The Internet brought dramatic changes to the bookshop businessArno: “In the early ‘80s when we started, we had a lot more collectors, people were traveling across the country with backpacks to buy books and bring them home. But that’s changed, people are buying over the Internet … it seems there’s not as much interest in first editions … the young ones, the kids, aren’t interested in that anymore.”

The Internet is a mixed blessing. Arne: “It facilitates business … we have customers all over the world now … we used to have customers only in Europe. But we now deal with people in Mexico and all over.”

Arno: “We were quite early adapters of selling books on the Internet. At the beginning it was incredible, you could sell anything. The whole world was laying at your feet. But that’s changed so much. There’s so many bookshops now on the Internet. It’s like a very big pond and everyone’s fishing in there, and prices are going down, too.”

Arno: “I think it was much nicer when all the people came in here to buy books … and now they’re doing it behind their desk at home. I think it takes the romantic feeling about collecting books away, it’s gone.”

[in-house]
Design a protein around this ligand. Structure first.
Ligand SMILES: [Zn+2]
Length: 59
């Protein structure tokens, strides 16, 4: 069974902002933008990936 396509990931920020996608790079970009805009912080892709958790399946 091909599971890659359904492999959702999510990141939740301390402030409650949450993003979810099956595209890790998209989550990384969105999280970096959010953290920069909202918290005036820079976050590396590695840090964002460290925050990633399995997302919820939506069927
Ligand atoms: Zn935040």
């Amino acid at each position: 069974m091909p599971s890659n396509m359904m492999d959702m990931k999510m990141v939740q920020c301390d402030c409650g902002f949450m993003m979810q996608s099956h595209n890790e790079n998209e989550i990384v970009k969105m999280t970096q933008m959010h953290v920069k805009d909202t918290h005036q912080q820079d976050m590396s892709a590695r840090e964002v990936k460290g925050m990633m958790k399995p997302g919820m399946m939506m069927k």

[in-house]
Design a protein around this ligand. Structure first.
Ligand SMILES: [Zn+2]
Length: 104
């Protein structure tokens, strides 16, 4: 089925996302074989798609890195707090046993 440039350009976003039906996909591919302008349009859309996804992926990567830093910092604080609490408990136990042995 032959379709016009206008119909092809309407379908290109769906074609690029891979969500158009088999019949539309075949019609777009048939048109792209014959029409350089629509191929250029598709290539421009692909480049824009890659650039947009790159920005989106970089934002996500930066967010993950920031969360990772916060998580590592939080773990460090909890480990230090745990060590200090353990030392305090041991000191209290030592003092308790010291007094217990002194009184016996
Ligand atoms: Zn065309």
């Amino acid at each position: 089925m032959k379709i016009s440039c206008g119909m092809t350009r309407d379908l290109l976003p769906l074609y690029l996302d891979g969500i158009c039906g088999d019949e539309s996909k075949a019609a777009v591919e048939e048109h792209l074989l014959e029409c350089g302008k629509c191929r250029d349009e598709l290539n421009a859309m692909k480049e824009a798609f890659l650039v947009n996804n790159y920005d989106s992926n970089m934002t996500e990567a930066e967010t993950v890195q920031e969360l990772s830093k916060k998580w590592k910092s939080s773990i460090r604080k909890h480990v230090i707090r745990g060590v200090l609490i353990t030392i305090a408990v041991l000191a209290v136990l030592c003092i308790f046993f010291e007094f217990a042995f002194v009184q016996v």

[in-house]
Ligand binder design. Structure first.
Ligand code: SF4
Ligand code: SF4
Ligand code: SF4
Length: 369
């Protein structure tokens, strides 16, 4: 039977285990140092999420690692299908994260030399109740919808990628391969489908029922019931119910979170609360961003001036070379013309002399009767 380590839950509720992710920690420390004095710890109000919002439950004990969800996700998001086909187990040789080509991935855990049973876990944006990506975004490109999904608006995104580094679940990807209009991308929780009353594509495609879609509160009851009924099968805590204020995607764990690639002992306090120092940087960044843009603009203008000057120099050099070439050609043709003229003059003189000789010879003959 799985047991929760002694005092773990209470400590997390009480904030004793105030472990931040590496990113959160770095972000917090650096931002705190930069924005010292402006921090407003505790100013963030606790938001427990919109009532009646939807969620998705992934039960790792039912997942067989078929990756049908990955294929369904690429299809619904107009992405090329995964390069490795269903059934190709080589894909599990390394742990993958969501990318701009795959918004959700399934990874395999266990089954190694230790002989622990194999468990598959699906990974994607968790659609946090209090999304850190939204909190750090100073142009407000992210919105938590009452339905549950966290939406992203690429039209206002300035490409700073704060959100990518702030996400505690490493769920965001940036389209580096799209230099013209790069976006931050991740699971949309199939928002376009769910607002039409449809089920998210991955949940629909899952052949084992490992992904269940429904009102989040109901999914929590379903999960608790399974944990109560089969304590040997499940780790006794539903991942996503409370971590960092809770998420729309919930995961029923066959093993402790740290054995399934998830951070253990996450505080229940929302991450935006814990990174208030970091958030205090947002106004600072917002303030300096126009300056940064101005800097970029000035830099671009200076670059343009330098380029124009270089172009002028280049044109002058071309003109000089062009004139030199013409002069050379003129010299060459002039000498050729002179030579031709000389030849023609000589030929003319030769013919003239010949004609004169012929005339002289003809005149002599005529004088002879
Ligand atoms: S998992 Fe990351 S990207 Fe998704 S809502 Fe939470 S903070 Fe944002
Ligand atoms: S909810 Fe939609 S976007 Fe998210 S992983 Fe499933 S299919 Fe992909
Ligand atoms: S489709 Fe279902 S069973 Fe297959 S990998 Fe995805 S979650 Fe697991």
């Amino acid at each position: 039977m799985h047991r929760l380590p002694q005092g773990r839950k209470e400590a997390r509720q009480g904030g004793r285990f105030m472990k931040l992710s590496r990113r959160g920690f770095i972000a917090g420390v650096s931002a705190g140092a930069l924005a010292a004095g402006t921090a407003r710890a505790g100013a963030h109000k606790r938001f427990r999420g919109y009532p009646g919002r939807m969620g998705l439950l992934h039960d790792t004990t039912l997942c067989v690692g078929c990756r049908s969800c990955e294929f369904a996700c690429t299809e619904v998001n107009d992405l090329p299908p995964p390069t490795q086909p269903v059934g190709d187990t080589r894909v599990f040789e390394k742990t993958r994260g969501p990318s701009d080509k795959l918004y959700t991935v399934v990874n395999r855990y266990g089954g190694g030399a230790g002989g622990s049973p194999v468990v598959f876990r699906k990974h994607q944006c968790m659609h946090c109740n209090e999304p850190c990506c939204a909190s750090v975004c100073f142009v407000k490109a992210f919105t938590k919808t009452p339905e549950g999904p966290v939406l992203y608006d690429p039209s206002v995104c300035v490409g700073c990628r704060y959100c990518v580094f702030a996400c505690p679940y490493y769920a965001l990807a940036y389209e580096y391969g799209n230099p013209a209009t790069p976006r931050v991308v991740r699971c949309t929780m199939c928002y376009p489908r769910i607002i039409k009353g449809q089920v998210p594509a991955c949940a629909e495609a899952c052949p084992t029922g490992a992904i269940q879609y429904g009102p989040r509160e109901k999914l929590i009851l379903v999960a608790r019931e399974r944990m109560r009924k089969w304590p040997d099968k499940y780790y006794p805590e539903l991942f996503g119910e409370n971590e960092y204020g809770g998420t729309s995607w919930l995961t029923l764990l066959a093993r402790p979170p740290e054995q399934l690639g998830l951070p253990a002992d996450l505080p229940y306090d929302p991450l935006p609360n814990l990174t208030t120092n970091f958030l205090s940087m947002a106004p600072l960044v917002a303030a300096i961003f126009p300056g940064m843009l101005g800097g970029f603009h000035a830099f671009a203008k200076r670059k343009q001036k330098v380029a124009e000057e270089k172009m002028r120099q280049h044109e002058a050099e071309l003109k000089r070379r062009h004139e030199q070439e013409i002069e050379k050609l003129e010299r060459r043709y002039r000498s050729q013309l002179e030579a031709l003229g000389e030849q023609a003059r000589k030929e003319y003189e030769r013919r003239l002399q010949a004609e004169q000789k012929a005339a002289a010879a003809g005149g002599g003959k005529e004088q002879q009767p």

Both men still enjoy coming to work. Arno: “It also depends on the collections … if we’ve seen it so many times, we don’t get excited about it anymore … but other times we get [new] libraries in and it’s exciting.”

Arne: “The most exciting part is going into the field and buying … we evaluate the library at first, and it’s really an adventure … we look for quality. And books should be a bit rare, hard to find.”

What’s the secret to their long partnership? Arne: “We have our own special ways of doing business. Arno is very good at the financial part of the business. And I do more of the contacts with the clients for the auctions … I am more involved with evaluating and organizing collections for the auctions.”

Arno: “We’re not sitting on each other’s backs (laughs).”

Arno is now 64 years old and Arne is 58. Arne lives with his wife in Oegstgeest, while Arno and his family live just a block away from the bookshop. How much longer would they like to stay in business? Arne: “[Retirement] is not something I look forward to. Not at all. As long as there are interesting deals to make, which shouldn’t necessarily be here in this auction room. Buying and selling is something I always like to do. Getting it for one price and selling it to another party.”